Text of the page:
"Leave Mother in the fridge in a covered jar between bakes. No need to feed her." Jackal10

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It's all about temperature and the ying and yang of bacteria and yeast that make up typical sourdough starter.

Sourdough starter contains yeast, which doesn't really like heat very much, and bacteria, which needs a certain amount of heat to become active. While at temperatures under75 degrees your yeast will be nice and happy at that temperature you won't get much acidity because the bacteria will not be producing much lactic acid. At temperatures over 90 degrees, your yeast will be somewhat inhibited and possibly start to die off rapidly while the bacteria will be hummin' away happily acidifying the mix. Dough proofed at this temperature (90-93) will be definitely sour, but may not rise all that well.

A good way to strike a balance between the two types of critters is to activate your starter and proof your dough at a temperature between 85-90 degrees. This temperature must be carefully controlled and just a couple degrees can make a big difference. I made a simple proofing box using a cooler and a fish heater submerged in a glass of water (goddamit I'm a clever sonofabitch), but I'm sure you can buy this sort of thing, use your oven, or maybe you can proof your bread in a yoga studio.

You can learn more than anyone needs to know about sourdough bread by reading Dr. Ed Wood's, Classic Sourdoughs. You should also take at look at his website: http://www.sourdo.com. I bought his book and a starter from his site and when I ran into some trouble I emailed him. I was surprised that he answered personally. The doctor (I believe he is an actual medical doctor) diagnosed the problem and I was happily making sourdough in a very short time. (However, it did take me a while to get the acidity just right.)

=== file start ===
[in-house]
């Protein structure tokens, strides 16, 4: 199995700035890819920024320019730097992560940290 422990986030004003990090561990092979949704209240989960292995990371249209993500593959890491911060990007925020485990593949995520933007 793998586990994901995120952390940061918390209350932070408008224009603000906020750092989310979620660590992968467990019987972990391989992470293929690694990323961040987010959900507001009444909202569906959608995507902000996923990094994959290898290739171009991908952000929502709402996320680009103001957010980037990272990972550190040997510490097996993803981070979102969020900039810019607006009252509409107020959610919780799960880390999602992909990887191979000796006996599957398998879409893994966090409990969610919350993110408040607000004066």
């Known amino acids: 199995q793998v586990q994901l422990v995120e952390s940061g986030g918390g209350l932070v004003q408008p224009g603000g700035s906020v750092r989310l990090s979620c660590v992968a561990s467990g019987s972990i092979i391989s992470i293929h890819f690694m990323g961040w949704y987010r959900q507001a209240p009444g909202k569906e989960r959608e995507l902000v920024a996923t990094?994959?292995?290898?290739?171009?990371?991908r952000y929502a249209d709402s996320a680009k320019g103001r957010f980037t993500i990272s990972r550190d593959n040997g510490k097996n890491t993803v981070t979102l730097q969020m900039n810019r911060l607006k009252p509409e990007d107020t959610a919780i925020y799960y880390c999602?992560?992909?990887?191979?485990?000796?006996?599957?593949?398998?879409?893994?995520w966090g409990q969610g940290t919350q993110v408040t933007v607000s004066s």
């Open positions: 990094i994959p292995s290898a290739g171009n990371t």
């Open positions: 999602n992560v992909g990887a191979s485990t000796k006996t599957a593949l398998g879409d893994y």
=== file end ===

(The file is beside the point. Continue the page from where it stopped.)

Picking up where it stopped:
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Funny. I haven't tried warm temperatures but cool ones only. And the bread is coming out consistently very good. I never considered 85F or higher as this doesn't seem to benefit baker's yeast bread, to say the least. The cooler and slower the better, I have been taught. Is this wrong?

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      Nope, the yeast just needs to re hydrate. I prefer using cold water to slow the yeast down. That way the lactobacillus in the starter has  a good amount of time to start making lactic acid, and really get to flavor town!
       
      While that is sitting, I mix the flour and the salt together(How many times I have forgotten to salt the bread).
       
      Now mix the two products with a kneading hook for 3-5 minutes, only until thoroughly mixed but not yet at the window pane stage of kneading.
       
       
      Instead, place into a bowl and set a timer for one hour. Then when that hour is up, push the dough down and fold all the corners in
       
      Repeat this step 2-3 more times, pending on the outside temperature.
       
      If you happen to have those cool bowls to shape round loafs! Awesome, use them. I would break the boules into 3 balls of about 333 grams
       
      If not then just put the dough in the fridge and do the steps below the next day.
       
       
       
       
       
       
       
      Once you have bouled the bread, can put it into the fridge and let it sit over night
       
      Again, this lets the bacteria, really get to work(misconception is the yeast adds the sour flavor, nope, think yogurt!)
       
      Now on the next day, heat up whatever form of oven you plan to use. We used a brick oven but if you just have a normal oven, that is fine. Crank it to 450 degrees Fahrenheit.
       
      If you have not bouled your bread yet, go back and watch the video and break the dough down into three balls of abut 333 grams. Then place the balls on a lightly greased sheet pan. Let sit for about 45 minutes to 1 hour.

      If you have used the fancy bowls then turn the the bread out on a lightly greased sheet pan, without the bowl and let temper for 15-30 minutes.
       
       
      If your oven is steam injected, build up a good blast of steam.
       
      If not, throw in a few ice cubes and close the door or put a bath of hot water inside.
       
      The steam is what creates the sexy crust!
       
      Let it build up for a few minutes!
       
      Right before you put the bread into the oven use a bread razor to slice the top of the bread.
       
      Place the dough balls into the oven and douse with another blast of steam or ice and close the oven.
       
      Let them bake for 13 minutes at 450 degrees. Then turn the loaves and bake for another 10 minutes.
       
      Remove when the crust is as dark as you want and the internal temperature exceeds 190 degrees Fahrenheit.